A mostly Young Adult book review blog run by a mother and daughter team.
As someone who is in their teens, the premise for author Katelyn Detweiler’s Immaculatesounded incredibly intriguing. A teenage virgin becoming pregnant in modern days? It sounded like a refreshing and new concept to be explored and I definitely wanted to see just what kind of story Detweiler would weave. What I can tell you is that Immaculate is the kind of novel that is beautifully written and feels real from the protagonist to the reactions of the cast of characters in the novel. Immaculatewas the kind of read that kept me on the edge of my seat from the first page to the very last.
When seventeen year old Mina encounters a strange old woman at her workplace, she says just about anything and everything to get the woman to leave her alone. This includes agreeing to some unknown mission that is reserved for Mina and Mina alone. Mina is the kind of girl that everyone aspires to me. Intelligent, top of her class, with her future figured out and a life ahead of her. Two months later, Mina discovers that she is pregnant. The only problem is that she’s a virgin. Nobody believes her claims of virginity. Not her father or her boyfriend. As she loses some of the people closest to her, Mina finds a friend in her co-worker Jesse. As her pregnancy progresses, people from all over the planet hear of Mina’s miracle baby and she quickly discovers that her life will never be the same.
The thing that makes the plot of Immaculate work is its protagonist. Mina is a character who carries the story’s plot forward. My greatest concern before heading into this novel was that Mina would be the kind of Mary Sue character who is perfect in every way, shape and form. Completely and totally flawless. I was concerned that she would be whining throughout the novel about her pregnancy and how she didn’t want a miracle baby. You can imagine my relief to discover that Mina is an amazing protagonist who needs to be seen more in YA.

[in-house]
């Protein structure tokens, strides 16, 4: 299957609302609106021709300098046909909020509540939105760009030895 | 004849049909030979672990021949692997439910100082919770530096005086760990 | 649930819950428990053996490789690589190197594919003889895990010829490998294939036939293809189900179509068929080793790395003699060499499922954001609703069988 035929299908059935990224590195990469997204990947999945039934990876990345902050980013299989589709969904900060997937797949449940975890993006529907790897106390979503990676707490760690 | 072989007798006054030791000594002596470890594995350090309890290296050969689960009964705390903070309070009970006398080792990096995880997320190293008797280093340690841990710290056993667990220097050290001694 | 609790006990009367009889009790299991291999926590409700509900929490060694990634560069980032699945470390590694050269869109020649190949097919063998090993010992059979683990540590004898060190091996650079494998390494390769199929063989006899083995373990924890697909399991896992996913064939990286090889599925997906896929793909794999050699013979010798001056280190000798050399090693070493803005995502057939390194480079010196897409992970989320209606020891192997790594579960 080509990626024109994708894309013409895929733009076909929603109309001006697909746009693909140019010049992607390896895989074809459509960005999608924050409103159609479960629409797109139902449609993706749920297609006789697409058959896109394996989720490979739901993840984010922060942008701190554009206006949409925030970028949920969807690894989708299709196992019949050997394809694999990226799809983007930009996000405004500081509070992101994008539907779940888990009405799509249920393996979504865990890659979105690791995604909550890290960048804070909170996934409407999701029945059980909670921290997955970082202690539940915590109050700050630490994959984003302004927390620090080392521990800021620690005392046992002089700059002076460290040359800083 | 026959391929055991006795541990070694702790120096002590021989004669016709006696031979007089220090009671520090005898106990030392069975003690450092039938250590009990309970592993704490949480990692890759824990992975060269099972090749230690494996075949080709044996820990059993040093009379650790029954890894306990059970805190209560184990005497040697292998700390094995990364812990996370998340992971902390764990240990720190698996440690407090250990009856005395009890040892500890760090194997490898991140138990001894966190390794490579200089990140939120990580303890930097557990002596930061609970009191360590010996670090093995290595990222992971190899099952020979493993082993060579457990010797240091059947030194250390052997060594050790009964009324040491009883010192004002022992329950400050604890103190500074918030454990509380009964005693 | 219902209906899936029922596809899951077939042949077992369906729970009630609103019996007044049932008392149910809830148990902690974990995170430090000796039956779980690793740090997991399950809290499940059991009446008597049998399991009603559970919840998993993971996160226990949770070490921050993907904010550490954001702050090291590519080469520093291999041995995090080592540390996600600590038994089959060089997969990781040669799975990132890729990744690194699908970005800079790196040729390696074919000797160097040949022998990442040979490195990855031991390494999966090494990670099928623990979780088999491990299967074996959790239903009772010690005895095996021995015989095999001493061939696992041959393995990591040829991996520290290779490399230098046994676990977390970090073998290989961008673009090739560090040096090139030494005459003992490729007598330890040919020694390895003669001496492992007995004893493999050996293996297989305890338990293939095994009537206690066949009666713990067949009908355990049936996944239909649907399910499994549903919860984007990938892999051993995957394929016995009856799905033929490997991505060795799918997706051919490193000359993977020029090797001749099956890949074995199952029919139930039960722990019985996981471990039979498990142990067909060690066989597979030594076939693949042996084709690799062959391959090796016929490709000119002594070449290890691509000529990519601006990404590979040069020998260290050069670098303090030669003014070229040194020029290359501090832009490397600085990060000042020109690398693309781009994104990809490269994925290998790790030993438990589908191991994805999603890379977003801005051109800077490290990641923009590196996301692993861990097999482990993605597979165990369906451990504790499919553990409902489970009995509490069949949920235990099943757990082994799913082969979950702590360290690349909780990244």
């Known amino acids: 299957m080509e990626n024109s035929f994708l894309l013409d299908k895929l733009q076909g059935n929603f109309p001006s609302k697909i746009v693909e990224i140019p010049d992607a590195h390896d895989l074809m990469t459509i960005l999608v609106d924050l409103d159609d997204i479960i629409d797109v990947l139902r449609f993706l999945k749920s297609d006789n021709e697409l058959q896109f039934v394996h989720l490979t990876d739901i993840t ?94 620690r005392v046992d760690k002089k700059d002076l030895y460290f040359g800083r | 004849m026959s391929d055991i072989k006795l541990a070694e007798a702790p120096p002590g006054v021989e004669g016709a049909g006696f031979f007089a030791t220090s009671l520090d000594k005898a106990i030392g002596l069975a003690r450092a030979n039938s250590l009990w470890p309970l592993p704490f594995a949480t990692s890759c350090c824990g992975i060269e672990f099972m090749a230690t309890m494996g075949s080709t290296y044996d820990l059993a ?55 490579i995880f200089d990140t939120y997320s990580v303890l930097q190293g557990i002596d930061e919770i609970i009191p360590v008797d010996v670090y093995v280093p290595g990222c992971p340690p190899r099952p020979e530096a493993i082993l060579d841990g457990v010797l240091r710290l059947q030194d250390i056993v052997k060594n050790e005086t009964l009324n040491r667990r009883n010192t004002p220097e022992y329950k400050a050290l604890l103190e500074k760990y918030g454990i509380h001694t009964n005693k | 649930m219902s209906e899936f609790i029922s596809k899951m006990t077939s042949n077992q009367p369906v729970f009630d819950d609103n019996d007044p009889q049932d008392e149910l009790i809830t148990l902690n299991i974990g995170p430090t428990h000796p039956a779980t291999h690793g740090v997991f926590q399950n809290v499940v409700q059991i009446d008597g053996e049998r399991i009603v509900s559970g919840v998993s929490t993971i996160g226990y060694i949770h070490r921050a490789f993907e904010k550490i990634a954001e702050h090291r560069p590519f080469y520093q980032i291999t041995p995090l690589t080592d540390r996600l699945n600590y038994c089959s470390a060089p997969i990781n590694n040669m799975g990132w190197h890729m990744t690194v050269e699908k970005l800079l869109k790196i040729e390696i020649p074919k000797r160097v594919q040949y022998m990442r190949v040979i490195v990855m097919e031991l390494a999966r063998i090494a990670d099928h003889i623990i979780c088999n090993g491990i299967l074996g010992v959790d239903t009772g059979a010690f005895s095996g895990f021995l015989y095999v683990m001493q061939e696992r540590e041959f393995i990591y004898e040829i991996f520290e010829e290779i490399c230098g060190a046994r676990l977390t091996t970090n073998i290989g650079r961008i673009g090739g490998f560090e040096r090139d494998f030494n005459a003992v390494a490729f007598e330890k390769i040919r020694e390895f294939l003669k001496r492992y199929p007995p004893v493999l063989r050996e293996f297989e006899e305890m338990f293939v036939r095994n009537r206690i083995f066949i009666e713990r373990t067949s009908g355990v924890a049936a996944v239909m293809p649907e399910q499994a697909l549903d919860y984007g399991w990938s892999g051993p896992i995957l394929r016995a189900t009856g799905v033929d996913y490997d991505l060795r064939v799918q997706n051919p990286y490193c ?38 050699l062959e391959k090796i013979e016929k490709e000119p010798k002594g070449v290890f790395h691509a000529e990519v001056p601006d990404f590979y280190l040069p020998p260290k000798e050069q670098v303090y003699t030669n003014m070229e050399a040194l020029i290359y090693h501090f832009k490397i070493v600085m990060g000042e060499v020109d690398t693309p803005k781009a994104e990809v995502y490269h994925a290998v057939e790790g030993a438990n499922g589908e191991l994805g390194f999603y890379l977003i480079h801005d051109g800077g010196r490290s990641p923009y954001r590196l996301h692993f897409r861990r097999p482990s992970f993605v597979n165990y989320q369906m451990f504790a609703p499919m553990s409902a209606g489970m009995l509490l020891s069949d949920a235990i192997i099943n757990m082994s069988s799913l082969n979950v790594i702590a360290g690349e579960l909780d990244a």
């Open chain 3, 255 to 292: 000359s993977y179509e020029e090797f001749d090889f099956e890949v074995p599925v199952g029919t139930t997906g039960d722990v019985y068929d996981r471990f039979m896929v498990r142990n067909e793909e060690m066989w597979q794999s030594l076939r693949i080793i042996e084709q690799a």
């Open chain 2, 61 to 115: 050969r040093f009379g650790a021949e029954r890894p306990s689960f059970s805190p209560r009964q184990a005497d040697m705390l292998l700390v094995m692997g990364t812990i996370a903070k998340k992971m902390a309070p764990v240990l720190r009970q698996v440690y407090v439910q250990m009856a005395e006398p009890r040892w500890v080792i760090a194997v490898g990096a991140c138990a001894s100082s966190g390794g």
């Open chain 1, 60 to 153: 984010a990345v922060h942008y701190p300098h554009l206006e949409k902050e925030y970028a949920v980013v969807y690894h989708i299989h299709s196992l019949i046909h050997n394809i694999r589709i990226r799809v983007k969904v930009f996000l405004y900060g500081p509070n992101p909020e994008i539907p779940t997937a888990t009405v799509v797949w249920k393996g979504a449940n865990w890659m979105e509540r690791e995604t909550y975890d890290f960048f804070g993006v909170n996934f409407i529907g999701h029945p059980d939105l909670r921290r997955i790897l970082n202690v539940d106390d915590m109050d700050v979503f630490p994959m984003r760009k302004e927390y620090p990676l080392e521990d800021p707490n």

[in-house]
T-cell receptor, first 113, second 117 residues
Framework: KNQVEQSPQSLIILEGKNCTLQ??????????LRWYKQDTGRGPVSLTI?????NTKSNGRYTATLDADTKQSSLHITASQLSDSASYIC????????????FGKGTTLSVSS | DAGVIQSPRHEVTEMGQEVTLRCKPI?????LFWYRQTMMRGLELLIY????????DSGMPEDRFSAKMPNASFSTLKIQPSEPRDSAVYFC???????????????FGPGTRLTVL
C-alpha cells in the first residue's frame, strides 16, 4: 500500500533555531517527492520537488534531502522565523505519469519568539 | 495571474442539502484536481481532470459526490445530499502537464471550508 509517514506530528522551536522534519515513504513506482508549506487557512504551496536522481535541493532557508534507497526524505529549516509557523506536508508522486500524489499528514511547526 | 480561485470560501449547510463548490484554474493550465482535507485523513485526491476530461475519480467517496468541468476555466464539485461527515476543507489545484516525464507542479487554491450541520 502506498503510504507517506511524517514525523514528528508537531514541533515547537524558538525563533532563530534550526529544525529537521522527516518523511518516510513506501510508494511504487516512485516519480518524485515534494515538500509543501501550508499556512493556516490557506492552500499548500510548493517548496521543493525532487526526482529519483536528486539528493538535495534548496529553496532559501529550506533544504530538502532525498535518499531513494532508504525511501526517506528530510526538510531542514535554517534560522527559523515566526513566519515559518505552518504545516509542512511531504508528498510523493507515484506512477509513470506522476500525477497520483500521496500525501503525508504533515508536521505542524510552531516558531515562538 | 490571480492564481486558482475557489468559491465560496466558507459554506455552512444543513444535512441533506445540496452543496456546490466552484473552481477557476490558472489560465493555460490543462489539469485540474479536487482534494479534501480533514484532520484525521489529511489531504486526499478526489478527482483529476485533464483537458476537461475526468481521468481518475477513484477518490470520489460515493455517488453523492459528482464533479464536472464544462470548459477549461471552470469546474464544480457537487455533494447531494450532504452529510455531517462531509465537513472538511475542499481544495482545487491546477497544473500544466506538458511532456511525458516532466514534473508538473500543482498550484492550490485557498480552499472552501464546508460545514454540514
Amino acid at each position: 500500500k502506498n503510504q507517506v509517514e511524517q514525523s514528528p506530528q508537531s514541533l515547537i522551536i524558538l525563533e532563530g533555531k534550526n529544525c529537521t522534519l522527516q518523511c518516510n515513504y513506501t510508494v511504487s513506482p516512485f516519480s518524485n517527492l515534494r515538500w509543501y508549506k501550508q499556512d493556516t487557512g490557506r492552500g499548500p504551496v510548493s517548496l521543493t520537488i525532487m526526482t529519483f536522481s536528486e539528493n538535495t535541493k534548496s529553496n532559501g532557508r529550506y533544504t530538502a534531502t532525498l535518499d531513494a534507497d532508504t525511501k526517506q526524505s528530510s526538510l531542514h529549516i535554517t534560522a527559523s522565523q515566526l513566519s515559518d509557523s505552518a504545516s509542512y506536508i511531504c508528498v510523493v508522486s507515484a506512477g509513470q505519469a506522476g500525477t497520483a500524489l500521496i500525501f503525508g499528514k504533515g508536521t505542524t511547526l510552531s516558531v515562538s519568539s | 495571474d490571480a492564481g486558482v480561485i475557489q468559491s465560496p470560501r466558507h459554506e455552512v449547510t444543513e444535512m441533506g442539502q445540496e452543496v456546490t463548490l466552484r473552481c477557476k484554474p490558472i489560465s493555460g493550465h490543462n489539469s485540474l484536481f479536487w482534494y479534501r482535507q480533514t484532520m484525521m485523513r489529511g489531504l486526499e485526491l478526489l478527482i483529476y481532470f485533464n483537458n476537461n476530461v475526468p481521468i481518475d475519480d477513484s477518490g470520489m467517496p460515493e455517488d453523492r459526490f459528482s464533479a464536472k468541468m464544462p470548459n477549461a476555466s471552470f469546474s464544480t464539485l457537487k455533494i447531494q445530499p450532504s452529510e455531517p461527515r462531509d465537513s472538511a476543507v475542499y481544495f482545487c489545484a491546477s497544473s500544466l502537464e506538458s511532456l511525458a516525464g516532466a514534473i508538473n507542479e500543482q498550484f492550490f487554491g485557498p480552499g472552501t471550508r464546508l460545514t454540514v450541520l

Mina is a character who is overall a strong female. She is prepared to stand up for herself and her family. She is resilient throughout her pregnancy. She faces the conflicts that come with her pregnancy with pride. Beyond that, Mina is a very well-written character. Throughout the novel’s progression readers can see the change in Mina’s mentality from a ‘child’ to a mother. Her protective maternal nature and long list of flaws are all part of what make her character work and in turn, help push the story’s plot forward.
The entirety of Mina’s pregnancy is handled well by Detweiler as it is handled in a realistic sense. The people around Mina—her peers, her family, her neighbors—are all hostile toward her which is exactly how people would react towards a pregnant teenage girl claiming to be a virgin. The characters reactions and actions towards Mina offer not only a sense of drama but also give way to intense action that pushes the storyline into an entirely different direction. This realism, alongside the fact that there are still people with the capacity to believe Mina as well, definitely helped me fall in love with Immaculate.
Then there’s Jesse. Jesse who is just adorable and kind and sweet. He’s everything that girls hope for in a guy. The way that he stands by Mina’s side and offers her friendship will warm the hearts of readers everywhere. Seriously, he’s kind of the ideal guy. He’s a character that most readers will swoon over indefinitely. I just hope that Mina’s story might continue and we’ll get to see more of him.
I would recommend Immaculate to readers who are interested in teen fiction, readers who are looking for a dramatic read, and to any readers who are looking for a very unique read.